About Anger By Warren Bull
Writers often depict characters who lose control of their anger as well as characters who manage it well. So what is anger and how is it controlled? Read on.
Stuff ? Vent? Count to ten? Stuffing it is sometimes a good idea for the short term when expressing anger would be counterproductive. No matter what you’ve heard, venting does not dissipate the emotion unless there are changes in whatever caused the anger. Counting is the best choice if we count slowly and use the time to analyze the emotional situation. Let me explain.
Fear, sadness, happiness and anger (and possibly surprise and disgust) are called primary emotions. These emotions are instinctive and automatic, which means they happen to us before we can think about them.
It’s not hard to see how an automatic reaction would be a good thing for an early human. As an example, lets talk about fear, when confronted by a giant bear or a saber-tooth cat some stopped to ponder, “Hmm that beast looks hungry. Perhaps I should contemplate removing myself from the immediate surroundings. Yes I believe so. I shall depart.” Those people often became the predator’s lunch. Others reacted immediately and became our ancestors. Basic emotions are hard-wired into us.
Anger is very useful when it is the first emotion experienced. It’s a sign that something serious is happening. Anger can be described as a feeling of antagonism directed at someone we believe has wronged us deliberately and unjustly by taking something away from us. What is being taken is not necessarily an object. Accusations or humiliation may hurt our reputations or self-esteem.
However anger also occurs as a secondary emotion. When we experience a degree fear or sadness that leaves us feeling vulnerable, anger may pop up next. Anger is less painful than the primary emotion but it is seldom helpful in resolving the events or issues that caused the emotional response. In my experience, temper tantrums and screaming rarely persuade another person to adopt my point of view.
So, after taking a moment to identify which emotion is primary, I conclude that I am feeling scared and vulnerable. What can I do to reduce the risk? Can I ask for advice? Can I start over? Is this a situation where anyone would feel a bit out of control? Identifying the basic emotion allows me to take effective actions toward diminishing discomfort.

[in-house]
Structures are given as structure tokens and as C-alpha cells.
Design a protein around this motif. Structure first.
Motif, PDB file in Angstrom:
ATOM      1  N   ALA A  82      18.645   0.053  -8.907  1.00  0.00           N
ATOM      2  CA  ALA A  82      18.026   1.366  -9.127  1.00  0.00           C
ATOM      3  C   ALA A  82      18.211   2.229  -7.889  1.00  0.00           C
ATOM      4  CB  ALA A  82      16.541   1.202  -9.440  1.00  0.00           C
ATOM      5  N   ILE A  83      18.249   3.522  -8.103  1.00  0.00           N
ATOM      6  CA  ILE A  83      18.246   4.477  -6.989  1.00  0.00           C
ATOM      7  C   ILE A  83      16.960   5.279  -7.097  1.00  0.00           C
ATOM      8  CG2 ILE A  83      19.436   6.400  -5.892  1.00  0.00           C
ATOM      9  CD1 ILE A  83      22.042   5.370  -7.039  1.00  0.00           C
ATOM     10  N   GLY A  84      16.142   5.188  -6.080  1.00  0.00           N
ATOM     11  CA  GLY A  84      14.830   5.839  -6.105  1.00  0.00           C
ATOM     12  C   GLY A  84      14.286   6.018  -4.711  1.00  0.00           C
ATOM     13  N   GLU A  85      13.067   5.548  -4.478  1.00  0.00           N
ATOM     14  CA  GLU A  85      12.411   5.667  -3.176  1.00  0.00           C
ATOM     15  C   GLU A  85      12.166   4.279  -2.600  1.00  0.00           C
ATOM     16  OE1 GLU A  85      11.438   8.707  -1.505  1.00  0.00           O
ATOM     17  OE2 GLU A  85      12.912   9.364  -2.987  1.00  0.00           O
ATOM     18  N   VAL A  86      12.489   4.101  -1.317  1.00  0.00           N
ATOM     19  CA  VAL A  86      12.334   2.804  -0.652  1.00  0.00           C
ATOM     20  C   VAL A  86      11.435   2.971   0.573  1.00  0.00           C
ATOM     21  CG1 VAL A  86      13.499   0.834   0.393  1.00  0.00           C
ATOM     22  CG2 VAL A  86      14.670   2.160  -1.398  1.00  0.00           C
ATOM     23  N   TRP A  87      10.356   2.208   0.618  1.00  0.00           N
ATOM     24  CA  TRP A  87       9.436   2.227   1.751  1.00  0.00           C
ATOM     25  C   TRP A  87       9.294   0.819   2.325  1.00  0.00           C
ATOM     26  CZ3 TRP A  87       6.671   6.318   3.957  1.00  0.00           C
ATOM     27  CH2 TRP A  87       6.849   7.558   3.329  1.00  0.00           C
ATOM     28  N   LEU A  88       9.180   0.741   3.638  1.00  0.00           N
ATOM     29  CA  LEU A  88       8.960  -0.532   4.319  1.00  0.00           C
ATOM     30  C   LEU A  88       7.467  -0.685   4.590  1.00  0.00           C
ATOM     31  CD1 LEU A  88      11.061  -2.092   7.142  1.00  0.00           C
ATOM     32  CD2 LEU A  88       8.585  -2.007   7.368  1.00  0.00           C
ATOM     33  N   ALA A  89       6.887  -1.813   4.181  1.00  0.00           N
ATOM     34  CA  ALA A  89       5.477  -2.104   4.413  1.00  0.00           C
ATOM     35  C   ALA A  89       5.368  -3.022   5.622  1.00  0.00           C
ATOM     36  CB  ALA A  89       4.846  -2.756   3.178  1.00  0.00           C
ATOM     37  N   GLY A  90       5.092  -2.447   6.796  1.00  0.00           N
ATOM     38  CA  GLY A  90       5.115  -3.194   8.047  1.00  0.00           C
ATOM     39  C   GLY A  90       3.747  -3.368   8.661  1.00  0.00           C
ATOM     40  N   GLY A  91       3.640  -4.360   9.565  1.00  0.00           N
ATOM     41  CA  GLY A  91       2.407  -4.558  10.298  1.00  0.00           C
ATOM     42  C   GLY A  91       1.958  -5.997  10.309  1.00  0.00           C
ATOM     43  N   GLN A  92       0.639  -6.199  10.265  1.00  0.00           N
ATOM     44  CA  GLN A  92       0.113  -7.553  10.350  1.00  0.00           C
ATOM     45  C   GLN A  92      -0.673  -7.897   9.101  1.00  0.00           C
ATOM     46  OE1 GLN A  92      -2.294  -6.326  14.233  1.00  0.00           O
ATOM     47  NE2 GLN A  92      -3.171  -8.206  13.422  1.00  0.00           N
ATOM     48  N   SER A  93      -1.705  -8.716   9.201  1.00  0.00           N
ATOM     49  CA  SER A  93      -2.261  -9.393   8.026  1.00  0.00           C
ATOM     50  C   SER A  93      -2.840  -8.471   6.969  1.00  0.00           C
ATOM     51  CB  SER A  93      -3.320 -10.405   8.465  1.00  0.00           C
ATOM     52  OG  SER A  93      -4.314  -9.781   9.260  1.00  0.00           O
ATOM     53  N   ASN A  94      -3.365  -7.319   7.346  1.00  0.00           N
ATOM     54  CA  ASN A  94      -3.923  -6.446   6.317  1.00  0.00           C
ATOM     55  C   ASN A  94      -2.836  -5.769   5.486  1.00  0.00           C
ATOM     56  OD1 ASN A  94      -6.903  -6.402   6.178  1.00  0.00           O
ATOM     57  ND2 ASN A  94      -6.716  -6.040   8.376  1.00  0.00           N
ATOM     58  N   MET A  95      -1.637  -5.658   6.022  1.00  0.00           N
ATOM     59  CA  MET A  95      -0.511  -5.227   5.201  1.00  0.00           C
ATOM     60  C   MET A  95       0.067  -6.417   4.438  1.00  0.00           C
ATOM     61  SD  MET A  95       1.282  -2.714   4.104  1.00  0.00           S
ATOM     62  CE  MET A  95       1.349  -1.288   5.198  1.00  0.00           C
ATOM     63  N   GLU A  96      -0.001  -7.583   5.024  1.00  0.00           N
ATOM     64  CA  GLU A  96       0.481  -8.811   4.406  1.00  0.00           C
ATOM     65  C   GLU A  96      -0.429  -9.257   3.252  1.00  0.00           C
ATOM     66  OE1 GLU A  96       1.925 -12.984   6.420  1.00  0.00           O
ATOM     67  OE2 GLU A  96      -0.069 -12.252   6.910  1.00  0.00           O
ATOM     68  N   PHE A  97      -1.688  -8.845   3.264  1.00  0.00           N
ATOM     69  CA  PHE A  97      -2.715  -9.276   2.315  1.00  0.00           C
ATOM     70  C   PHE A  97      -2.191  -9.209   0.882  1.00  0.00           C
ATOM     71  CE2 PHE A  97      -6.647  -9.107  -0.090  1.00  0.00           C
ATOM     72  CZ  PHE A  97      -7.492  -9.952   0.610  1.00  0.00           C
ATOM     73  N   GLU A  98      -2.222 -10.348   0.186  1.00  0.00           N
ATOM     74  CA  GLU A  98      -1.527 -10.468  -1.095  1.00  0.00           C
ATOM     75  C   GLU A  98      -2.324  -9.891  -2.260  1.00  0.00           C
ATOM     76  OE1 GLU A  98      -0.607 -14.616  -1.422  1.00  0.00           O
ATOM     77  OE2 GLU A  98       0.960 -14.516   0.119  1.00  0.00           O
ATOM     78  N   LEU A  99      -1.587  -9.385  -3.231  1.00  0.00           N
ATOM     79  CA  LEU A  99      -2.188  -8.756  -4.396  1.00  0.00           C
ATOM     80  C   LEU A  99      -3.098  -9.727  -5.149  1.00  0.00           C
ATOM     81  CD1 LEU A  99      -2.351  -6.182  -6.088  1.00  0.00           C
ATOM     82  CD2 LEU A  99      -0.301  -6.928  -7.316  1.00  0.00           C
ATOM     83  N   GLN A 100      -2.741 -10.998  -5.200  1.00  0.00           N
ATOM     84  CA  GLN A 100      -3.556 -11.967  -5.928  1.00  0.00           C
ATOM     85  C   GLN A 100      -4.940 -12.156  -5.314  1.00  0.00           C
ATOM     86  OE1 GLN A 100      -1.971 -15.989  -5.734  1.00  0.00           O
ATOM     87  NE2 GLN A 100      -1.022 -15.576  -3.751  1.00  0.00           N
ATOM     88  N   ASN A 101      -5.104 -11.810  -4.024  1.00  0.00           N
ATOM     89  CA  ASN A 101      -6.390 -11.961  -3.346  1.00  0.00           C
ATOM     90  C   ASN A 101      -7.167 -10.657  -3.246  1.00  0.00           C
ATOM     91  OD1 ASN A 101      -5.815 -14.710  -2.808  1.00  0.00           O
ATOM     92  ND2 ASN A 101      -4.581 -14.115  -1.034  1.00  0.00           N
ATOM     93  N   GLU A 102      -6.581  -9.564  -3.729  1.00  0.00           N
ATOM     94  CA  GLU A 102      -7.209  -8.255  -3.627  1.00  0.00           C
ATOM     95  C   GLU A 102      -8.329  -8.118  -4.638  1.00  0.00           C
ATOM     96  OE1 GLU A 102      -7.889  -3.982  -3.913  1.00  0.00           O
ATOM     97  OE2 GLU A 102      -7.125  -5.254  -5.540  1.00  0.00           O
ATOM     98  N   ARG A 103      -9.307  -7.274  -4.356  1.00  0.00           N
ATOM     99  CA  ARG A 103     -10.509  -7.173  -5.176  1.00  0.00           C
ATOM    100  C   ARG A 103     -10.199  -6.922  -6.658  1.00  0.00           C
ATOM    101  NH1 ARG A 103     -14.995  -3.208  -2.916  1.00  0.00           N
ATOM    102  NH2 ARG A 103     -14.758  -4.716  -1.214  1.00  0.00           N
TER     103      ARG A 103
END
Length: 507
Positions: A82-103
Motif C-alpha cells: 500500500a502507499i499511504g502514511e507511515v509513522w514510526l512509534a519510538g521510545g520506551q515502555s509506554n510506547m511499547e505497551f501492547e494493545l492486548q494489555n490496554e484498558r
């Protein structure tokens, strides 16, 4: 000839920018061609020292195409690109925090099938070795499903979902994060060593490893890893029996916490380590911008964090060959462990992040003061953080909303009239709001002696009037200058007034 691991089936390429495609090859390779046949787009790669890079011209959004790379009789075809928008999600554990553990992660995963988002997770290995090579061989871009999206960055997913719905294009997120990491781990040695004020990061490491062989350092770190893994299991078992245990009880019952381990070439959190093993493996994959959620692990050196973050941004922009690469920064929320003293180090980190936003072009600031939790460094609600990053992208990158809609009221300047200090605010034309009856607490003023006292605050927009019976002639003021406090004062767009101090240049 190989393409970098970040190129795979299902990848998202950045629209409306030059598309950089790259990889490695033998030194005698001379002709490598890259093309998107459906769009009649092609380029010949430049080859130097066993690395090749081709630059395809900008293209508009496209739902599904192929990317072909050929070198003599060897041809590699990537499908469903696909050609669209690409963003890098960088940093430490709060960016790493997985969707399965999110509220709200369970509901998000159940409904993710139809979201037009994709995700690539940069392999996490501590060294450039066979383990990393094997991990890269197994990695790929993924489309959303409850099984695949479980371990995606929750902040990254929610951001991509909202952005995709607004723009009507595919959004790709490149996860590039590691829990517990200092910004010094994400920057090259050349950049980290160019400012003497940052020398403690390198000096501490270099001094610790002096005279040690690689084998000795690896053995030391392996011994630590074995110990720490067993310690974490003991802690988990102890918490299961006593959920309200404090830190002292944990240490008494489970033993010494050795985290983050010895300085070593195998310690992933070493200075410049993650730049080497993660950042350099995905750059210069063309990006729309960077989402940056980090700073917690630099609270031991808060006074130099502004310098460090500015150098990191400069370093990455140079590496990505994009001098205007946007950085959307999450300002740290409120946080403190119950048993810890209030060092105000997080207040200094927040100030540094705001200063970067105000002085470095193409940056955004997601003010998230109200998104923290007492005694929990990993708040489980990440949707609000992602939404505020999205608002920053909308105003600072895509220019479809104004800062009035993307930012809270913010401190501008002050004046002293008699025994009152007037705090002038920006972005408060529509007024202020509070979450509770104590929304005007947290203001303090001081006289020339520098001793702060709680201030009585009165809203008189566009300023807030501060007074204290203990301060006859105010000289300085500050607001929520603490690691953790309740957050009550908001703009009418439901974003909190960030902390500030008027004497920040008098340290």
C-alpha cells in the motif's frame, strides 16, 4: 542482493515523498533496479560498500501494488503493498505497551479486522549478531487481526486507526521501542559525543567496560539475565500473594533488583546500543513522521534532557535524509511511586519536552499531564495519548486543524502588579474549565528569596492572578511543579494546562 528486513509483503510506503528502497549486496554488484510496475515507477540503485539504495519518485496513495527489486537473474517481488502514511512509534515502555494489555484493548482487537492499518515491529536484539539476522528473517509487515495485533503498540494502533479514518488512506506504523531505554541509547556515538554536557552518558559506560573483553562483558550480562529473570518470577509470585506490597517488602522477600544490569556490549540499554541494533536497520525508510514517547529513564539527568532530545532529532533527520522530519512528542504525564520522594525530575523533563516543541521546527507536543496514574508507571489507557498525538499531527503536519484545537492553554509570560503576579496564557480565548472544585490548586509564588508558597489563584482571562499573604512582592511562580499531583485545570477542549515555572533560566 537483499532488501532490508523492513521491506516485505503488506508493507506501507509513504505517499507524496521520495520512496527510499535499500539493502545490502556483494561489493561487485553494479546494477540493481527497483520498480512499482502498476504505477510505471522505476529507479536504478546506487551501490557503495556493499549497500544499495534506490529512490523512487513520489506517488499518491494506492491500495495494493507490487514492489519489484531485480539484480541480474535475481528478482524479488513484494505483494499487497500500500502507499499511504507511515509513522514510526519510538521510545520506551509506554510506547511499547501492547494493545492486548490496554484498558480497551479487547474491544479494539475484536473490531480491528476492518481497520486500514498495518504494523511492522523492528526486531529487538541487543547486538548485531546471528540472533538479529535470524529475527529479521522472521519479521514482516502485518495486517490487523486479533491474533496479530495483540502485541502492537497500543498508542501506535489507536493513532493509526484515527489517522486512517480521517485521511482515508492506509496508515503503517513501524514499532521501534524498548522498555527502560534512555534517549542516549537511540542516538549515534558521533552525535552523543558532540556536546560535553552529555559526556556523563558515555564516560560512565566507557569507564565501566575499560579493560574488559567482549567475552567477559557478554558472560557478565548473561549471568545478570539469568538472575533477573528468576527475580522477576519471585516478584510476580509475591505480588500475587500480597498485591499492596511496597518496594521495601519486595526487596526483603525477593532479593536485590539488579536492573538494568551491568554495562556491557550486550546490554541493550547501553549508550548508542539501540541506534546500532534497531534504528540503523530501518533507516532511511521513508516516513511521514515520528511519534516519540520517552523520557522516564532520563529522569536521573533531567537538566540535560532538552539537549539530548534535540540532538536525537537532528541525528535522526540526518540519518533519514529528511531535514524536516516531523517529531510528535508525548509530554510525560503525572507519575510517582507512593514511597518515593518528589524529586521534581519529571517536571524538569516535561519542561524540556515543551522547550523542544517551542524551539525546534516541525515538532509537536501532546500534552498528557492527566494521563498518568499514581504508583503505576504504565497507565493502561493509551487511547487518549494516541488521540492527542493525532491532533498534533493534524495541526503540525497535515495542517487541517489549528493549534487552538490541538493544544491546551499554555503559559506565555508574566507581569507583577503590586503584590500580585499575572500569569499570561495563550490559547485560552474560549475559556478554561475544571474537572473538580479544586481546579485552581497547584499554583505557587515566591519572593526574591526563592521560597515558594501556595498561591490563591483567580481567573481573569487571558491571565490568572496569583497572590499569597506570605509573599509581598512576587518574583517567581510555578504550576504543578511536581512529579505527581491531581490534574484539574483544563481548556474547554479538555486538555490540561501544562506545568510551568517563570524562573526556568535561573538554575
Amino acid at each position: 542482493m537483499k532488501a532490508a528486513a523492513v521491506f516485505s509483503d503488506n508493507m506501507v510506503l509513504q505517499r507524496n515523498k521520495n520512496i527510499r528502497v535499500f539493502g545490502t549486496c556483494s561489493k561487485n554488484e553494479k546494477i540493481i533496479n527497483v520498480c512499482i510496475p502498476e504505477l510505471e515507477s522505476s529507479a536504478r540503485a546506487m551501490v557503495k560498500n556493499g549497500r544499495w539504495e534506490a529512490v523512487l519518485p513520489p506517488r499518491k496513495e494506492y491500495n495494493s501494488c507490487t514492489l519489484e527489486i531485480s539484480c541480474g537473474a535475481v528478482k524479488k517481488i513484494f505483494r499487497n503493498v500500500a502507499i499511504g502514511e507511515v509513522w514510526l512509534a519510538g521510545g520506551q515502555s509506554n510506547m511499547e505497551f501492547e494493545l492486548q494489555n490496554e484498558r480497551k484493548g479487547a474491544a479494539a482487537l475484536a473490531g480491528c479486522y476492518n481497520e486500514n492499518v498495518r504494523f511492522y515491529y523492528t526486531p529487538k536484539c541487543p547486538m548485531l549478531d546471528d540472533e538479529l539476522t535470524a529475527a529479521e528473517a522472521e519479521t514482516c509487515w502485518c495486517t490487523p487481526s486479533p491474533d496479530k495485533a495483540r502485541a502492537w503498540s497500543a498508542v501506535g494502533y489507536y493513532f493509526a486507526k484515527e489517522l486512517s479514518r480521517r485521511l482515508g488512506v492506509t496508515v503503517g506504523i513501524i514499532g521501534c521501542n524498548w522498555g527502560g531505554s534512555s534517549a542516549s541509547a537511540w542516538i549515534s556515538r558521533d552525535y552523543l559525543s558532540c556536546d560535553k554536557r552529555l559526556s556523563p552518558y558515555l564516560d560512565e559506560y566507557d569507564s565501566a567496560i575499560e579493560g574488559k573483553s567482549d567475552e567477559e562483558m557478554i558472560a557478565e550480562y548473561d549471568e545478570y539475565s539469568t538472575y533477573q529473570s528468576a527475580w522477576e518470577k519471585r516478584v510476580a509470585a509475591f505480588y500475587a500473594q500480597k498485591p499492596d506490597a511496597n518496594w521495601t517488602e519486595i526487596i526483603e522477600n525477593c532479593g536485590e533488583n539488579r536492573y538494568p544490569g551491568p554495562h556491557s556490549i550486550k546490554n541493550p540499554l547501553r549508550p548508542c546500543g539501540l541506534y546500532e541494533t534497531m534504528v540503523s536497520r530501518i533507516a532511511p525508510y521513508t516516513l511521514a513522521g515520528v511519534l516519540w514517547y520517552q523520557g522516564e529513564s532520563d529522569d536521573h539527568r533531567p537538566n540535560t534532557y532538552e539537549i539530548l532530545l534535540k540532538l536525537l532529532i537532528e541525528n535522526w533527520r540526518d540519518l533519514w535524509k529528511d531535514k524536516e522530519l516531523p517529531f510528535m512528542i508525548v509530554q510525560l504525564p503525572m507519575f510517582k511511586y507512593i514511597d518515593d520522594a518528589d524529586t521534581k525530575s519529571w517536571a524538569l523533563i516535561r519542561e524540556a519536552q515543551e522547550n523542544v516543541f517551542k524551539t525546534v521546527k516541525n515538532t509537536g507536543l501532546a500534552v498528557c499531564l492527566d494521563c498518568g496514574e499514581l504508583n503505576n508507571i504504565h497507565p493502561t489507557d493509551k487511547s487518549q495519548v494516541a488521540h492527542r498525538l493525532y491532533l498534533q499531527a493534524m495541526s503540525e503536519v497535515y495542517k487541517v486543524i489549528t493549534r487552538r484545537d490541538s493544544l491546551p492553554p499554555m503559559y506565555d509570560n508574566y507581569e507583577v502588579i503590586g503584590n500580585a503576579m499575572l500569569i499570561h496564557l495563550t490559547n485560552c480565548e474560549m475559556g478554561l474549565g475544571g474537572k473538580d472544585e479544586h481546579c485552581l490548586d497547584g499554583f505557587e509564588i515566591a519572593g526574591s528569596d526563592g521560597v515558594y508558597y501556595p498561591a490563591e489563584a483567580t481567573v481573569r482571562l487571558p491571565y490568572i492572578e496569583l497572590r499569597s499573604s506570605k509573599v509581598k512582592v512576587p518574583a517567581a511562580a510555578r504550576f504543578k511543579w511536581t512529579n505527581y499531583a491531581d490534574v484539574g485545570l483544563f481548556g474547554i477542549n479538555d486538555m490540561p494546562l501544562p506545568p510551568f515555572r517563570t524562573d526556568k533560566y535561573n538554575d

For example, the first time my wife and I visited a particular church we felt ignored during a social time after the service. I interpreted my growing annoyance as feeling like an outsider. I approached someone and introduced myself, which helped with the real concern and my anger quickly faded away.
What if anger is my primary feeling? I can run a quick check on what’s causing the anger. Am I actually being wronged? Is the other person behaving intentionally and unjustly? Am I at risk of losing something?
Another example, when I started a new job, I was instructed to meet with people throughout the organization to learn about all the different services available for clients. When I went to meet with one supervisor he kept me waiting for close to an hour in the waiting room. It gave me the chance to get really steamed up.
When the supervisor finally appeared, he apologized, saying he lost track of how long I had been waiting. He said he thought my having to meet with him was a waste of time for both of us since I would not be working in his program.
Was my anger justified? Yes. The other person had wronged me. He wasted my time. Did I get angry? Yes at first but I concluded that anger might be detrimental. By the time I saw him I had decided not to express anger.
It certainly helped that the supervisor immediately apologized, which served to acknowledge the validity of my anger. However, I would have been calm even if he had not. I wanted to stay on good terms with him. I also knew he would talk with my new boss. If I exploded in anger at the supervisor, my new boss would hear about it. As it turned out, later on the supervisor became my boss and we developed an excellent work relationship.
In a different job, I did express my anger. Without telling me, my supervisor decided to move me to a less desirable office. I worked there part-time and a new full-time person had been hired. So the move was absolutely justified. I did not get angry about the move. I got angry about how the move was done. I showed up for work and the new person was already in “my office.” From the new hire, I learned I had been moved. I went to the supervisor and said something along the lines of. “I’m really angry with you for not telling me I was being moved to a different office. I worked here the entire day yesterday so there was plenty of time for you to come to me and explain. Leaving the explanation up to the new person, I think, was unfair to her and to me too. It seems to me to be a rather cowardly way to act. That’s all I have to say.” Then I went to where I was assigned and started to work.
The supervisor did not respond. I didn’t need him to. I expressed my anger. I was satisfied. There were no negative consequences.
I expressed myself with “I” statements. I offered my opinion, not stating anything as a fact. I did not ask for an apology. (Apologies are mostly beneficial to the person who apologizes but that’s another article.) With a different supervisor, I might have chosen other words to describe of his behavior.
So that’s the twenty-five cent guided tour of anger. It is sometimes a very useful emotion. However, when it covers up the primary feeling, it can get in the way of recognizing the real underlying issue. Please feel free to let me know what you think and ask any question that occurs to you.